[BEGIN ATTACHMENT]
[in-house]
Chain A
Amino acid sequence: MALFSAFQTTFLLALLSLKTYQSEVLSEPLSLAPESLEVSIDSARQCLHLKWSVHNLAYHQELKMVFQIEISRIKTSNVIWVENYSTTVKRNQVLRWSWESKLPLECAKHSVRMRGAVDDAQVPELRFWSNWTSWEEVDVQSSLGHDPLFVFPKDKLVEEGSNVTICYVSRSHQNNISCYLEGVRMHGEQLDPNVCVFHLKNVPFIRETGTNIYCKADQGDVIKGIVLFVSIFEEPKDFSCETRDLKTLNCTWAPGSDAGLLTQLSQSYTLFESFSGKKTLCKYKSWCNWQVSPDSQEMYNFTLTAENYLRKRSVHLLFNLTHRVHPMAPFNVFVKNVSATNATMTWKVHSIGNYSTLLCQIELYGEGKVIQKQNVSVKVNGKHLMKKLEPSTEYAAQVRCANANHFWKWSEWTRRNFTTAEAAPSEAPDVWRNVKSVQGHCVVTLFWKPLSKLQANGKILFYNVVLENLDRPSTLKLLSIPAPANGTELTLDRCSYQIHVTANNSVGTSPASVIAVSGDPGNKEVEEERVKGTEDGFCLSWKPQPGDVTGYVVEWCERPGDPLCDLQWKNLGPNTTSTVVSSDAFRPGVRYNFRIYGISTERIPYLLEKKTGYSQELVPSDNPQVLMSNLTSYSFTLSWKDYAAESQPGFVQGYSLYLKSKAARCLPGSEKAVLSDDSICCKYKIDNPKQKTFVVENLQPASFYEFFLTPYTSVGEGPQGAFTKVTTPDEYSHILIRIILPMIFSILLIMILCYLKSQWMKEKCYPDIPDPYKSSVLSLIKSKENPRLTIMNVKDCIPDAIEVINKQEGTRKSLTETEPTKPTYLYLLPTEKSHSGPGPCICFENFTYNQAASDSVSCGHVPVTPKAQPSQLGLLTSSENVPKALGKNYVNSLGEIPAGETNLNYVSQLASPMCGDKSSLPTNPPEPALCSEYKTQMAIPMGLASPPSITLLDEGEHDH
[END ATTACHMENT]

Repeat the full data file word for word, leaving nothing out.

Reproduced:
[in-house]
Chain A
Amino acid sequence: MALFSAFQTTFLLALLSLKTYQSEVLSEPLSLAPESLEVSIDSARQCLHLKWSVHNLAYHQELKMVFQIEISRIKTSNVIWVENYSTTVKRNQVLRWSWESKLPLECAKHSVRMRGAVDDAQVPELRFWSNWTSWEEVDVQSSLGHDPLFVFPKDKLVEEGSNVTICYVSRSHQNNISCYLEGVRMHGEQLDPNVCVFHLKNVPFIRETGTNIYCKADQGDVIKGIVLFVSIFEEPKDFSCETRDLKTLNCTWAPGSDAGLLTQLSQSYTLFESFSGKKTLCKYKSWCNWQVSPDSQEMYNFTLTAENYLRKRSVHLLFNLTHRVHPMAPFNVFVKNVSATNATMTWKVHSIGNYSTLLCQIELYGEGKVIQKQNVSVKVNGKHLMKKLEPSTEYAAQVRCANANHFWKWSEWTRRNFTTAEAAPSEAPDVWRNVKSVQGHCVVTLFWKPLSKLQANGKILFYNVVLENLDRPSTLKLLSIPAPANGTELTLDRCSYQIHVTANNSVGTSPASVIAVSGDPGNKEVEEERVKGTEDGFCLSWKPQPGDVTGYVVEWCERPGDPLCDLQWKNLGPNTTSTVVSSDAFRPGVRYNFRIYGISTERIPYLLEKKTGYSQELVPSDNPQVLMSNLTSYSFTLSWKDYAAESQPGFVQGYSLYLKSKAARCLPGSEKAVLSDDSICCKYKIDNPKQKTFVVENLQPASFYEFFLTPYTSVGEGPQGAFTKVTTPDEYSHILIRIILPMIFSILLIMILCYLKSQWMKEKCYPDIPDPYKSSVLSLIKSKENPRLTIMNVKDCIPDAIEVINKQEGTRKSLTETEPTKPTYLYLLPTEKSHSGPGPCICFENFTYNQAASDSVSCGHVPVTPKAQPSQLGLLTSSENVPKALGKNYVNSLGEIPAGETNLNYVSQLASPMCGDKSSLPTNPPEPALCSEYKTQMAIPMGLASPPSITLLDEGEHDH